Date: Sunday, June 12, 2016
Session Name: Poster Session B: Kidney: Cardiovascular and Metabolic
Session Time: 6:00pm-7:00pm
Presentation Time: 6:00pm-7:00pm
Location: Halls C&D
Understanding the risk factors that predispose to death is important in order to deliver the most appropriate therapy to patients (pts) with kidney transplantation (Tx). Aim of this study is to build reliable decision models and to identify the relevant risk factors for death using different data mining approaches.
We analyzed 761 pts transplanted between 2000 and 2007 (follow-up of up to 10 years). Data included biopsy results, clinical and laboratory factors. After feature selection by conventional statistics (28 variables) models were build using Naïve Bayesian, C5.0, RPART and Random Forest.
Compared to C5.0 and RPART, Naïve Bayesian and Random Forest resulted in models with a higher sensitivity to predict death and a high specificity. Using 60% of the data for the training set and 40% for the test set, the model with Naïve Bayesian had a sensitivity of 66% and a specificity of 91% to predict death. With Random Forest, sensitivity was 28% and specificity 98%. Because of the imbalance of the outcome groups (i.e. 13% deceased pts) modeling was repeated with balanced datasets obtained by oversampling the minority class. With the balanced data, sensitivity was 82% and specificity 79% with Naïve Bayesian. With Random Forest, sensitivity was 77% and specificity 88% to predict death. These two models were externally validated with a separate dataset (300 pts), resulting in a sensitivity of 59% and a specificity of 78% for the Naïve Bayesian model and in a sensitivity of 65% and specificity of 82% for the Random Forest model.
Highly important variables were recipient age, high systolic and low diastolic blood pressure, pre-Tx diabetes mellitus, and peripheral arterial and coronary heart disease, annual GFR loss, delayed graft function and time on dialysis. Variables of modest importance included donor age, post-Tx hyperparathyroidism and best graft function within the first 6 weeks and cold ischemia time.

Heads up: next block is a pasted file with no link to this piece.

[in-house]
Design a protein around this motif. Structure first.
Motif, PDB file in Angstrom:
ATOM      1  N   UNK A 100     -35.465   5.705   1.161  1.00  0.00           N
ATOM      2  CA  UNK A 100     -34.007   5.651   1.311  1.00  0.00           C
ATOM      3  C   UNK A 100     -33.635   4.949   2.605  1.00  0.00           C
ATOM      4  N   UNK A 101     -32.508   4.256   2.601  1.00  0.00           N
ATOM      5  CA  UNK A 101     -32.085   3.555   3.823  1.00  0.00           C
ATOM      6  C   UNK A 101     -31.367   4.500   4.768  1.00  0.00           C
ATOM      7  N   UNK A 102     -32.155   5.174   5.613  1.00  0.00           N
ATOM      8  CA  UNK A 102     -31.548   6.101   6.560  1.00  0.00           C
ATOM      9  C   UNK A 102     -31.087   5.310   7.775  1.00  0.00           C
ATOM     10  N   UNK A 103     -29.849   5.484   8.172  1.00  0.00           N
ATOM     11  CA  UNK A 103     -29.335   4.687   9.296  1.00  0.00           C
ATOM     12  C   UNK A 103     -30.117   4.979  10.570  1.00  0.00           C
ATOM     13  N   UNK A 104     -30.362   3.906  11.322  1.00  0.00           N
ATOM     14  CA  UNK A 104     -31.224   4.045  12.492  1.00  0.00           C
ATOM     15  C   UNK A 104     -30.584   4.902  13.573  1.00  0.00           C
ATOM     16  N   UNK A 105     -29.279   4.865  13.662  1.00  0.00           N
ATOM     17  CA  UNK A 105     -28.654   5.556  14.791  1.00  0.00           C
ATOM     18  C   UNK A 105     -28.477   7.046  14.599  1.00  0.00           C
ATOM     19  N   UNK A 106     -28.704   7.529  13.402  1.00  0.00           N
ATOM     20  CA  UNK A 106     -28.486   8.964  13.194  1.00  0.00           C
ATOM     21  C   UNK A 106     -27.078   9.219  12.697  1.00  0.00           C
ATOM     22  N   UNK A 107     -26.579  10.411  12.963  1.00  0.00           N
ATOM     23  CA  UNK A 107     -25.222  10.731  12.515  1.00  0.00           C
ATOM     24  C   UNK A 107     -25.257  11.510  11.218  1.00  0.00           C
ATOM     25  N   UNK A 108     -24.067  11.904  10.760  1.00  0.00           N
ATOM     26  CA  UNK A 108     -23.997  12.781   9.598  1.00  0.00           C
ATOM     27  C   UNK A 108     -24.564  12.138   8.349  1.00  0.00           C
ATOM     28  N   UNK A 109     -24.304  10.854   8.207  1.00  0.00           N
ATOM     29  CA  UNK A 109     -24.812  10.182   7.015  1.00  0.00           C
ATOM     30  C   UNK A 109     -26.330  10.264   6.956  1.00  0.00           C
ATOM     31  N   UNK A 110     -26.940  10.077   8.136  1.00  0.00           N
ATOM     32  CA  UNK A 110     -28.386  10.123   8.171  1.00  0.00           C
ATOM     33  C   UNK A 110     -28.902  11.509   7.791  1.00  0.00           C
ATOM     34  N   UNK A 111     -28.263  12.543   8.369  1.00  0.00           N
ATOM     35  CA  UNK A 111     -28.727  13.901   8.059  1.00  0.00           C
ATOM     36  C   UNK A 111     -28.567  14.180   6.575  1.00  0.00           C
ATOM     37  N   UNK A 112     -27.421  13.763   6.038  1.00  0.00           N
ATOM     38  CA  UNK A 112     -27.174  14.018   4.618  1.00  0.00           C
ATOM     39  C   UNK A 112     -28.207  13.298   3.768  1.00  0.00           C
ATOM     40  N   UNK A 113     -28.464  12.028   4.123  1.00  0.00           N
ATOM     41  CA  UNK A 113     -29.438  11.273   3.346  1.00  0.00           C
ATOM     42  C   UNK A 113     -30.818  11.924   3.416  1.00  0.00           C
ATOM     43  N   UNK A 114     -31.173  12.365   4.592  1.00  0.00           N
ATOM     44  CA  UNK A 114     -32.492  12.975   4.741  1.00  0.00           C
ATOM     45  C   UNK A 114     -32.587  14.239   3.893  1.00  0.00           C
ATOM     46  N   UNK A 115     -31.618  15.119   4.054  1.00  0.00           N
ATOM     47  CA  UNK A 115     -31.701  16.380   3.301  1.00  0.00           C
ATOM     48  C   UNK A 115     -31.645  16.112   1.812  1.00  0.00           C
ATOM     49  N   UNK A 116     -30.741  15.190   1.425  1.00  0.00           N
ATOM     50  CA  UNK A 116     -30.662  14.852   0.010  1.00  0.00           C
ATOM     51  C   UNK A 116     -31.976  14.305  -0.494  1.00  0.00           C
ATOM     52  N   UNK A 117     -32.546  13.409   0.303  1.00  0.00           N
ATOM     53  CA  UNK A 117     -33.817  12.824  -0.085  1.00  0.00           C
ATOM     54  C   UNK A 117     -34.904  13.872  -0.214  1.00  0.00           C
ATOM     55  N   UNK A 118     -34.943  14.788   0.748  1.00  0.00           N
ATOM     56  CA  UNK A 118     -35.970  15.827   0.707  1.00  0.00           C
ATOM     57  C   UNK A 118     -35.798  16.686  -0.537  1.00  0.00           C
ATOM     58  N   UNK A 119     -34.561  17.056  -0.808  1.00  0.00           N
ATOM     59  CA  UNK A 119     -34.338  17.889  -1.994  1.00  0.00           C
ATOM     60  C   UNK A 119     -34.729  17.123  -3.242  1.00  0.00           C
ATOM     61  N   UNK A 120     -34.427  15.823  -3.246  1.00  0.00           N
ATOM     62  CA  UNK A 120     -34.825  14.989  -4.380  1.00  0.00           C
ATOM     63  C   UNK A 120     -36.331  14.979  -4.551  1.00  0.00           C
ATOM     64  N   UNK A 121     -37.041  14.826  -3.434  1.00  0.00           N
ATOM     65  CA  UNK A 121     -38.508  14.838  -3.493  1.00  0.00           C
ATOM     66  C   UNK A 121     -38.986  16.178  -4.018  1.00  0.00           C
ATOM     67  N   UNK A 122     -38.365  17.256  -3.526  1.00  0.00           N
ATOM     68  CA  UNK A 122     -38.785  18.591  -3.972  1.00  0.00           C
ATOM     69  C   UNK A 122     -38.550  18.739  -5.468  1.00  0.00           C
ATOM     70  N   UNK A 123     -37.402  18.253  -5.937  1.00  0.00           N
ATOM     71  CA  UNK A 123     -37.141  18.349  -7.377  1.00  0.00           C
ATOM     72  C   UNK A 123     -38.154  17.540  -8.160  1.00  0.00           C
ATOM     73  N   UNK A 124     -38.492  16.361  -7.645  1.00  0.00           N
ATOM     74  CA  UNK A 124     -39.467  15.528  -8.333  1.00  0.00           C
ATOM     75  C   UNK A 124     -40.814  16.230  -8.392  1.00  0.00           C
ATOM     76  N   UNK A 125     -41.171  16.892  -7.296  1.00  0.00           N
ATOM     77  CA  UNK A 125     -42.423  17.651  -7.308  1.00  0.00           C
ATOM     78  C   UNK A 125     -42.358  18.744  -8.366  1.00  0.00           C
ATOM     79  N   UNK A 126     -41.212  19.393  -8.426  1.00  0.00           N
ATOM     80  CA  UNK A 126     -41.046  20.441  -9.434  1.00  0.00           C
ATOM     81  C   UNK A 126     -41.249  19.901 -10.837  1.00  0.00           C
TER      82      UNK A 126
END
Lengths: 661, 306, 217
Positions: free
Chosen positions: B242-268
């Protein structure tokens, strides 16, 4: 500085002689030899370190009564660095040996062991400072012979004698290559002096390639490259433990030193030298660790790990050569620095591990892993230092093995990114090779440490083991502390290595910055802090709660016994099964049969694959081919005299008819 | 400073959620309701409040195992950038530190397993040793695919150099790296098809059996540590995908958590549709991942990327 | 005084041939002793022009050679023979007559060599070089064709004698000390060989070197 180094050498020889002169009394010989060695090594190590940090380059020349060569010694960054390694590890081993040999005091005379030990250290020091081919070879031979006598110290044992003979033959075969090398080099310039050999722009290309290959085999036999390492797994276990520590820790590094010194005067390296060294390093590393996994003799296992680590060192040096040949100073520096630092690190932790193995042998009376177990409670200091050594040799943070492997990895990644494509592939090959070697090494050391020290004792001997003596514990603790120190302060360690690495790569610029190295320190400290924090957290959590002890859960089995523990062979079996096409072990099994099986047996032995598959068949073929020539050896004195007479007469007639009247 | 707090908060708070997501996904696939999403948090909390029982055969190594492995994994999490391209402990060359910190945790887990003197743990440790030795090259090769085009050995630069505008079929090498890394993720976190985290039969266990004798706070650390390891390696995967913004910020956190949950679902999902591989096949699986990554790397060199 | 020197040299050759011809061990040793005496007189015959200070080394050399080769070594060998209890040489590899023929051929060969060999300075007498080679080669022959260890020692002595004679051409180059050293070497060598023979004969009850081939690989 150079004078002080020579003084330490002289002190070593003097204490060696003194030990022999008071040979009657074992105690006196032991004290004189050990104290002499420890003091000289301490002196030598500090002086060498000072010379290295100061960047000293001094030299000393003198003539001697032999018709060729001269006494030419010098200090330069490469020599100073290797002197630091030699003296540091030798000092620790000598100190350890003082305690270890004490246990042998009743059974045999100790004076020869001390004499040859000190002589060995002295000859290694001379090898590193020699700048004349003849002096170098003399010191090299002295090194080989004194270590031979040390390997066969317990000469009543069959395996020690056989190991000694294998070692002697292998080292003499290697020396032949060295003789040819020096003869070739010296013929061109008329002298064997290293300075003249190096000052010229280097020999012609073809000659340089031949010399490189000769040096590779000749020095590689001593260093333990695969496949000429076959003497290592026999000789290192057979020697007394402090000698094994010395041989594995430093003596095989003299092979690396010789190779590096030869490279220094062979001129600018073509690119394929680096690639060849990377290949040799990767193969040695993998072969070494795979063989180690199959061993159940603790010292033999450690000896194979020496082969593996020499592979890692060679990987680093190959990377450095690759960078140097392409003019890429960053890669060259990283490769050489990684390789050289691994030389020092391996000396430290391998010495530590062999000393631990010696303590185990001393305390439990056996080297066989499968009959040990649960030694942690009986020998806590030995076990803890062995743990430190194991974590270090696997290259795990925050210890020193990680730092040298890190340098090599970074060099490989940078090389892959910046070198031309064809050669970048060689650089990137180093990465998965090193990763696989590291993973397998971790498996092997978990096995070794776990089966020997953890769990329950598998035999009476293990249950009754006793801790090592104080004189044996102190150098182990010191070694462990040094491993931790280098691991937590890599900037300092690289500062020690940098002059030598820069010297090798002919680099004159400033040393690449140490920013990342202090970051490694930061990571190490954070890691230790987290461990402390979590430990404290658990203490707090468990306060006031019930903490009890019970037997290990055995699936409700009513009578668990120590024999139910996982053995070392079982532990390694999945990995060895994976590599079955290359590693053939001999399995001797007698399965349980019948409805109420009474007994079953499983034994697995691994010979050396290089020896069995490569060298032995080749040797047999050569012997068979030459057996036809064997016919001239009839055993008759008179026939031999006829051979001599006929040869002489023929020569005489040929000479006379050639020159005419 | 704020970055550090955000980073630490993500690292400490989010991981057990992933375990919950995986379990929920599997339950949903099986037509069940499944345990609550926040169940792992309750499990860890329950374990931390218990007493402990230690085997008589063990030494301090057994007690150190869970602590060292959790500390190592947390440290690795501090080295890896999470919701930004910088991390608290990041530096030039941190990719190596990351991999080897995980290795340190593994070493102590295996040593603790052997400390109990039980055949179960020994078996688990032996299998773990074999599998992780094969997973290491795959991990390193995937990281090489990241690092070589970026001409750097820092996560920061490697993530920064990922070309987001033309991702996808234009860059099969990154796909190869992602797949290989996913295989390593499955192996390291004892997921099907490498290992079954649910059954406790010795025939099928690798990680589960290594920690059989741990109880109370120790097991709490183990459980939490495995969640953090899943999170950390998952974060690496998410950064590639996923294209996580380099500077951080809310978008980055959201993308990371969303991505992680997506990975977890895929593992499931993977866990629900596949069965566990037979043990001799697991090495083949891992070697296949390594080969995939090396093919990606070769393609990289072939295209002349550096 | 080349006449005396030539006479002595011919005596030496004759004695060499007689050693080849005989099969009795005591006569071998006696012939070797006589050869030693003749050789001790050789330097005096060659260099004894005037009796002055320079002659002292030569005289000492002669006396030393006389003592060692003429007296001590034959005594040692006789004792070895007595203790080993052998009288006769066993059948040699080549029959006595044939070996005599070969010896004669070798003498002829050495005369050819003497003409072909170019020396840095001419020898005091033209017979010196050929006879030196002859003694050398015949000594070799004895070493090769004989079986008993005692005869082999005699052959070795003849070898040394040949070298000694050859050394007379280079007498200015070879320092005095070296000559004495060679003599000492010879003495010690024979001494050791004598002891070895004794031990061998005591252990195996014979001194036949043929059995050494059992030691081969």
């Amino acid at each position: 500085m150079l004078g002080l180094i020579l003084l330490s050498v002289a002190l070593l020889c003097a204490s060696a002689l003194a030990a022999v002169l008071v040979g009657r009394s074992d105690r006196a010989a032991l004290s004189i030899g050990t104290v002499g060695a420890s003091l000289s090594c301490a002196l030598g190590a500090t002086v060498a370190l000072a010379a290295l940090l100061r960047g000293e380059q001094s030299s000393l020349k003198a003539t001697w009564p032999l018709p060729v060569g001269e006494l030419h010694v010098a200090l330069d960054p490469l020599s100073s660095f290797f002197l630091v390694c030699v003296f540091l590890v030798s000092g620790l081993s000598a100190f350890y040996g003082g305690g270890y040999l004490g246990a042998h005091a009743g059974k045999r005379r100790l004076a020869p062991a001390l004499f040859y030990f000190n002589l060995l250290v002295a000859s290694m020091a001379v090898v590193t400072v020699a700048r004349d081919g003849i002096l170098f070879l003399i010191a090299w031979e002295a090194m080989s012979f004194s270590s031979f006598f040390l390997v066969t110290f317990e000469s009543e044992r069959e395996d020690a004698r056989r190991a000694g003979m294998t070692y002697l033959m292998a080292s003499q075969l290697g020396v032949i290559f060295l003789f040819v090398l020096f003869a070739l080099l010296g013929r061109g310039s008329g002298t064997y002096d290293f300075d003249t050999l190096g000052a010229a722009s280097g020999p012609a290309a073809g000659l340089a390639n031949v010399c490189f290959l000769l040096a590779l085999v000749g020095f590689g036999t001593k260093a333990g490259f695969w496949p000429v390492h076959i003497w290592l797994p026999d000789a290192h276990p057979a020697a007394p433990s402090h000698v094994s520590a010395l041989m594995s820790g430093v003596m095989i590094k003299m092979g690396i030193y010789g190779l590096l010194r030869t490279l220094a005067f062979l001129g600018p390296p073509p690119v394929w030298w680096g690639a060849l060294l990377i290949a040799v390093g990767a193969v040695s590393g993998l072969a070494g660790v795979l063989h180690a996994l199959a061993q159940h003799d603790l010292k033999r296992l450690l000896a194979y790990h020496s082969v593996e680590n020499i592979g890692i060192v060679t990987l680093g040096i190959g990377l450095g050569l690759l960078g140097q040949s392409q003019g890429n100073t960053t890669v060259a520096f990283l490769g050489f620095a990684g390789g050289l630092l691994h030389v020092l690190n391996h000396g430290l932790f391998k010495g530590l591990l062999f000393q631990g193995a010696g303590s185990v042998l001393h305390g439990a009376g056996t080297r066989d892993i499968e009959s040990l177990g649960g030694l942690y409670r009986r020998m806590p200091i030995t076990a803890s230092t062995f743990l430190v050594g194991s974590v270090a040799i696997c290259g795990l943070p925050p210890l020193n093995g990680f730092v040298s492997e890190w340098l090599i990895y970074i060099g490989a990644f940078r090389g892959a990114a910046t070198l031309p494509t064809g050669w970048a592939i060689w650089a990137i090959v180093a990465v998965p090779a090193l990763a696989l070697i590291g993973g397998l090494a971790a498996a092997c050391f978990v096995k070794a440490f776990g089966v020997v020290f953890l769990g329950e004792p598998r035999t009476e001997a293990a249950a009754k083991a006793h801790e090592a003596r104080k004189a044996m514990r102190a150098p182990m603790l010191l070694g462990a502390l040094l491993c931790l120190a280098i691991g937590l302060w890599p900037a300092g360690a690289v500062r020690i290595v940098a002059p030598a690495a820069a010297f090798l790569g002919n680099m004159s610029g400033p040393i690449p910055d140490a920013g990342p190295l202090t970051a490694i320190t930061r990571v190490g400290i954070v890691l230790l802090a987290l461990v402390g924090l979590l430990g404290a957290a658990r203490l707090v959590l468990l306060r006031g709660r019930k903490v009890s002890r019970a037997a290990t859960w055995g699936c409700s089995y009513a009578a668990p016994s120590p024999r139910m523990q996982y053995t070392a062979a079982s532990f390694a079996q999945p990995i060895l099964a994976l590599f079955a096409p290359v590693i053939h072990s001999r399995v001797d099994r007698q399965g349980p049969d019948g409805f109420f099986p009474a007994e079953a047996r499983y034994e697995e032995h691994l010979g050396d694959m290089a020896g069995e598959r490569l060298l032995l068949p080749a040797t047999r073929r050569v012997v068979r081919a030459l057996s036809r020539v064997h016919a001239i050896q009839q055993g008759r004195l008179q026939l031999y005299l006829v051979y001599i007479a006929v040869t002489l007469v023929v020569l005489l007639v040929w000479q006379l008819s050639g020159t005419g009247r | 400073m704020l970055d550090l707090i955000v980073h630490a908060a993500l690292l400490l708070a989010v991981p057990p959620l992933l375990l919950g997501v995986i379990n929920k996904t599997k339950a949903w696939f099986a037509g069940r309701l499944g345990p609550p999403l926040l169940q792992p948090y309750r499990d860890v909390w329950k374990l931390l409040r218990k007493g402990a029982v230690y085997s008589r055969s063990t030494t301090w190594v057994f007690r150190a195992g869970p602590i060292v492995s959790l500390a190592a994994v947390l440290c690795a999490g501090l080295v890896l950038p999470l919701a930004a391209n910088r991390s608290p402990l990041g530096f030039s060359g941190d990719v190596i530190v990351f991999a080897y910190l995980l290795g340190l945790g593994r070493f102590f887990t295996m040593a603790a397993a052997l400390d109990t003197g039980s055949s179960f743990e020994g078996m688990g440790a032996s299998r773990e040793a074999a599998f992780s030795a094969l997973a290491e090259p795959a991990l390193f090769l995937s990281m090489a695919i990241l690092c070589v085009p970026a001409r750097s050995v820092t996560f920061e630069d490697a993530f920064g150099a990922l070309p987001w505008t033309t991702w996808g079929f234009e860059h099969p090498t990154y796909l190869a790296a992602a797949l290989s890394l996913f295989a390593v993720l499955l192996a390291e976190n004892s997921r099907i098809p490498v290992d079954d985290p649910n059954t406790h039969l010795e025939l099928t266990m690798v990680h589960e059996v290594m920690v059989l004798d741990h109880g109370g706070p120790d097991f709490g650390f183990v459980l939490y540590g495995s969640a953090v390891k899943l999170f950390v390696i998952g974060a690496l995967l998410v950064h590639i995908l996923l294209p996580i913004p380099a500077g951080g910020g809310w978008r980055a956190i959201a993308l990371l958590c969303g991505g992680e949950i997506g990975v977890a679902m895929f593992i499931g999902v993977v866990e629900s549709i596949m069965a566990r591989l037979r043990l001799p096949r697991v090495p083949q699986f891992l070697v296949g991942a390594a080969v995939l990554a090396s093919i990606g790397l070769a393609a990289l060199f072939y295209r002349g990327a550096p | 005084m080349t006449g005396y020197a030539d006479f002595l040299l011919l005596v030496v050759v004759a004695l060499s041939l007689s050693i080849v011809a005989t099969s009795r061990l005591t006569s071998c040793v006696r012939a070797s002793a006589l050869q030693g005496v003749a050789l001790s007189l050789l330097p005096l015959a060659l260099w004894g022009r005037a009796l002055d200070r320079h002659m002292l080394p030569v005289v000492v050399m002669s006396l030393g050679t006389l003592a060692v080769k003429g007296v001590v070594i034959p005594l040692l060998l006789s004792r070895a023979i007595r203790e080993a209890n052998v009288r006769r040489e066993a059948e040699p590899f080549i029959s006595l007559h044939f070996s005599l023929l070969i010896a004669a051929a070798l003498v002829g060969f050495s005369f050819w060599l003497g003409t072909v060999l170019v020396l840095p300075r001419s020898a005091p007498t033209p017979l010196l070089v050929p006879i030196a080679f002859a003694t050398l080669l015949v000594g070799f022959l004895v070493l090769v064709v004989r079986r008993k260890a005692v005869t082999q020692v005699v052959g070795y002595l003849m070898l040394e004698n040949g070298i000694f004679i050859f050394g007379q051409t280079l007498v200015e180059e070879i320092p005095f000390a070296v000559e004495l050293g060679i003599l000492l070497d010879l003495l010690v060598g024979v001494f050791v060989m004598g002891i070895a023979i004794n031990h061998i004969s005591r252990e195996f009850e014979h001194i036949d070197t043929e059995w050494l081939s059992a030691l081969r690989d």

The established models permit reliable prediction of death and survival and can be used to identify patients on risk. Moreover, with the identified (modifiable) risk factors patients can be assigned to different treatment strata to offer each individual the optimal therapy.
CITATION INFORMATION: Scheffner I, Hua K, Simovici D, Abeling T, Haller H, Gwinner W. Prediction of Patient Survival After Kidney Transplantation: Construction, Validation and Evaluation of Decision Models Using Data Mining Approaches. Am J Transplant. 2016;16 (suppl 3).
To cite this abstract in AMA style:Scheffner I, Hua K, Simovici D, Abeling T, Haller H, Gwinner W. Prediction of Patient Survival After Kidney Transplantation: Construction, Validation and Evaluation of Decision Models Using Data Mining Approaches. [abstract]. Am J Transplant. 2016; 16 (suppl 3). https://atcmeetingabstracts.com/abstract/prediction-of-patient-survival-after-kidney-transplantation-construction-validation-and-evaluation-of-decision-models-using-data-mining-approaches/. Accessed March 5, 2021.
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